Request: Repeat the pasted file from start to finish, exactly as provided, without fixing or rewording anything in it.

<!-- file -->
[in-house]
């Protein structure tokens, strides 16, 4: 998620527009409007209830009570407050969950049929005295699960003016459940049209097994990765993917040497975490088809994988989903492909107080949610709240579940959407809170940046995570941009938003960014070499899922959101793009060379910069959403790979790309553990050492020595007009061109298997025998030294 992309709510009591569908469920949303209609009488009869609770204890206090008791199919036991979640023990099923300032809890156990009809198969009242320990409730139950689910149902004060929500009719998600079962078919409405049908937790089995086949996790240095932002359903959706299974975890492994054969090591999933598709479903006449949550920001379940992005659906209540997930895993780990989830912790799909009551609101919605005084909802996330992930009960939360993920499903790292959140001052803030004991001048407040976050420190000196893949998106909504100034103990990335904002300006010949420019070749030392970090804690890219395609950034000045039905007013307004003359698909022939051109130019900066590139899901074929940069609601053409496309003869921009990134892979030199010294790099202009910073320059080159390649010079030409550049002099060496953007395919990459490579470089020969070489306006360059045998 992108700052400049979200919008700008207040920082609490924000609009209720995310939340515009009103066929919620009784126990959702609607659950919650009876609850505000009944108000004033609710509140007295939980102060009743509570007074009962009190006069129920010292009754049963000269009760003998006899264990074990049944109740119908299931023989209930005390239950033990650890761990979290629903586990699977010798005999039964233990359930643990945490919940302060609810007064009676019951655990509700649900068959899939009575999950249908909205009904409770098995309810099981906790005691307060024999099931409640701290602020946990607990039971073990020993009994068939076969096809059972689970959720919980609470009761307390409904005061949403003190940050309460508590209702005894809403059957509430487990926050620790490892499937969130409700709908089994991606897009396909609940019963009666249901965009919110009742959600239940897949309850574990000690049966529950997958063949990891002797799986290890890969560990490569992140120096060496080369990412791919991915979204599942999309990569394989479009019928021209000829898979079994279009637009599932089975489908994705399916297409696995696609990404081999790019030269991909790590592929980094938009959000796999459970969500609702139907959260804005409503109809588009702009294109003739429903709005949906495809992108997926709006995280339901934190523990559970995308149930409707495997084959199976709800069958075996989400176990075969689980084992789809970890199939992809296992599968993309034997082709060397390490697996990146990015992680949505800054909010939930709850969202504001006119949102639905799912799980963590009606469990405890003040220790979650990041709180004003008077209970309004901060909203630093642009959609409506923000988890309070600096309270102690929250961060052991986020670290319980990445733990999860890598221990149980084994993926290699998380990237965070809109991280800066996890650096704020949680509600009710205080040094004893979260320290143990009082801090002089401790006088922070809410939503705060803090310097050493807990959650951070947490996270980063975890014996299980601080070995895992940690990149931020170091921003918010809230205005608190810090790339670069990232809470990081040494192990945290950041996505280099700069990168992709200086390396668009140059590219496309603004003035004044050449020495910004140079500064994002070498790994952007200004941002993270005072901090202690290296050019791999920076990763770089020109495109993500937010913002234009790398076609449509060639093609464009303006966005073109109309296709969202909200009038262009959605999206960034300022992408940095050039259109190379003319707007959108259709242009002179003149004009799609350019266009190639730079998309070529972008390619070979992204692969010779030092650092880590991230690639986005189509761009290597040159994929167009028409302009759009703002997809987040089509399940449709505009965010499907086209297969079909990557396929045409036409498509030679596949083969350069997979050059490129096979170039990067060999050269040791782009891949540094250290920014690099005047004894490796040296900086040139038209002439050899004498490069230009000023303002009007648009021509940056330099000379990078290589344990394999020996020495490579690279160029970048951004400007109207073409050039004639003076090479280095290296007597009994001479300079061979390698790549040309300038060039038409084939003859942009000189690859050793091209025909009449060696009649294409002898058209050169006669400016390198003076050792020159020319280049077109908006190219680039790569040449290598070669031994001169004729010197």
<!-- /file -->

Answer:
[in-house]
């Protein structure tokens, strides 16, 4: 998620527009409007209830009570407050969950049929005295699960003016459940049209097994990765993917040497975490088809994988989903492909107080949610709240579940959407809170940046995570941009938003960014070499899922959101793009060379910069959403790979790309553990050492020595007009061109298997025998030294 992309709510009591569908469920949303209609009488009869609770204890206090008791199919036991979640023990099923300032809890156990009809198969009242320990409730139950689910149902004060929500009719998600079962078919409405049908937790089995086949996790240095932002359903959706299974975890492994054969090591999933598709479903006449949550920001379940992005659906209540997930895993780990989830912790799909009551609101919605005084909802996330992930009960939360993920499903790292959140001052803030004991001048407040976050420190000196893949998106909504100034103990990335904002300006010949420019070749030392970090804690890219395609950034000045039905007013307004003359698909022939051109130019900066590139899901074929940069609601053409496309003869921009990134892979030199010294790099202009910073320059080159390649010079030409550049002099060496953007395919990459490579470089020969070489306006360059045998 992108700052400049979200919008700008207040920082609490924000609009209720995310939340515009009103066929919620009784126990959702609607659950919650009876609850505000009944108000004033609710509140007295939980102060009743509570007074009962009190006069129920010292009754049963000269009760003998006899264990074990049944109740119908299931023989209930005390239950033990650890761990979290629903586990699977010798005999039964233990359930643990945490919940302060609810007064009676019951655990509700649900068959899939009575999950249908909205009904409770098995309810099981906790005691307060024999099931409640701290602020946990607990039971073990020993009994068939076969096809059972689970959720919980609470009761307390409904005061949403003190940050309460508590209702005894809403059957509430487990926050620790490892499937969130409700709908089994991606897009396909609940019963009666249901965009919110009742959600239940897949309850574990000690049966529950997958063949990891002797799986290890890969560990490569992140120096060496080369990412791919991915979204599942999309990569394989479009019928021209000829898979079994279009637009599932089975489908994705399916297409696995696609990404081999790019030269991909790590592929980094938009959000796999459970969500609702139907959260804005409503109809588009702009294109003739429903709005949906495809992108997926709006995280339901934190523990559970995308149930409707495997084959199976709800069958075996989400176990075969689980084992789809970890199939992809296992599968993309034997082709060397390490697996990146990015992680949505800054909010939930709850969202504001006119949102639905799912799980963590009606469990405890003040220790979650990041709180004003008077209970309004901060909203630093642009959609409506923000988890309070600096309270102690929250961060052991986020670290319980990445733990999860890598221990149980084994993926290699998380990237965070809109991280800066996890650096704020949680509600009710205080040094004893979260320290143990009082801090002089401790006088922070809410939503705060803090310097050493807990959650951070947490996270980063975890014996299980601080070995895992940690990149931020170091921003918010809230205005608190810090790339670069990232809470990081040494192990945290950041996505280099700069990168992709200086390396668009140059590219496309603004003035004044050449020495910004140079500064994002070498790994952007200004941002993270005072901090202690290296050019791999920076990763770089020109495109993500937010913002234009790398076609449509060639093609464009303006966005073109109309296709969202909200009038262009959605999206960034300022992408940095050039259109190379003319707007959108259709242009002179003149004009799609350019266009190639730079998309070529972008390619070979992204692969010779030092650092880590991230690639986005189509761009290597040159994929167009028409302009759009703002997809987040089509399940449709505009965010499907086209297969079909990557396929045409036409498509030679596949083969350069997979050059490129096979170039990067060999050269040791782009891949540094250290920014690099005047004894490796040296900086040139038209002439050899004498490069230009000023303002009007648009021509940056330099000379990078290589344990394999020996020495490579690279160029970048951004400007109207073409050039004639003076090479280095290296007597009994001479300079061979390698790549040309300038060039038409084939003859942009000189690859050793091209025909009449060696009649294409002898058209050169006669400016390198003076050792020159020319280049077109908006190219680039790569040449290598070669031994001169004729010197």